South Korea ready to support Thailand with natural disaster technology

Published on March 25, 2012 by TFP   ·   No Comments

BANGKOK, 25 March 2012 – South Korea has expressed its enthusiasm to provide Thailand with the appropriate technology and up-to-date data aimed at reducing future losses caused by natural disasters.



Following a wreath-laying ceremony at the Korean War Memorial to pay respect to the 130 Thai soldiers who lost their lives in the Korean War, Prime Minister Yingluck Shinawatra, together with Cabinet members and representatives from the Strategic Committee for Water Resources Management (SCWRM), visited the Han River Flood Control Office and the Ipo Weir in Yeoju town in Gyeonggi province to compile information on South Korea’s water management strategies for use in the planning and development of Thailand’s own water management system.



The Korean Minister of Land, Transportation and Maritime Affairs explained that the Han River Flood Control Office oversees and manages the country’s entire water management system. The center’s main task lies in controlling flood crisis and droughts based on an exchange of technology between different organizations. He went on to elaborate that natural disasters such as the ones Thailand had faced, including storms, typhoons and heavy rains, have caused a great loss in both life and property.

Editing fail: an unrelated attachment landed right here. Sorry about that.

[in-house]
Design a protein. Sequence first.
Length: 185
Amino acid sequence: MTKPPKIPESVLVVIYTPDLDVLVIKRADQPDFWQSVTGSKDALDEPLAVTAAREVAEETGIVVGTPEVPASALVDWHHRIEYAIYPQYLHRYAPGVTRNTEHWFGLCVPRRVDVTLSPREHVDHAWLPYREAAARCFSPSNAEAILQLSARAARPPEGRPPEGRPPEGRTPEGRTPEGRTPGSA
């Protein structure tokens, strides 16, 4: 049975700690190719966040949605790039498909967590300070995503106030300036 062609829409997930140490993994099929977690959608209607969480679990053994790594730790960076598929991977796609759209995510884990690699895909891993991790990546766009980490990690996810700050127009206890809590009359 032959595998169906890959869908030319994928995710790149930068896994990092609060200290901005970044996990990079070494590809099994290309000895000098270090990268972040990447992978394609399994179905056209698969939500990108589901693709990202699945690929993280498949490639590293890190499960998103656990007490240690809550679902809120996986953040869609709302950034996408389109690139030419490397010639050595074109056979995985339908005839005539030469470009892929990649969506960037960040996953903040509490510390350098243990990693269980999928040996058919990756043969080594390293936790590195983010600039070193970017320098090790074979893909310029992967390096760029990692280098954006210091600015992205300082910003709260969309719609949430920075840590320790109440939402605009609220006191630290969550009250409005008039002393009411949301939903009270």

Thus, he viewed that the issue of natural disasters is not a problem indigenous to one particular country or region; however, it is a pressing matter which needs to be collectively addressed by the entire global community. Therefore, South Korea and Thailand should engage themselves in an even stronger cooperation. The minister stated that South Korea is happy to provide up-to-date data and technology to Thailand in order to help prevent further losses from natural catastrophes.



Meanwhile, PM Yingluck has expressed great interest in South Korea’s water management system. The center’s officials have pointed out that specialists are stationed at the center 24 hours a day while water analysts closely monitor and analyze the situation from information based on radar, satellite and other databases. The center’s natural disaster warning system is capable of giving a day-to-day alert, a 6-7 hour alert and a three-day alert.



South Korea currently has four Flood Control Centers across the country. The centers are managed by a state enterprise called K Water. With a real time system, the centers allow the government time to converge on data and make a decision before alerting the people of the looming natural disaster.




(NNT : suwit)

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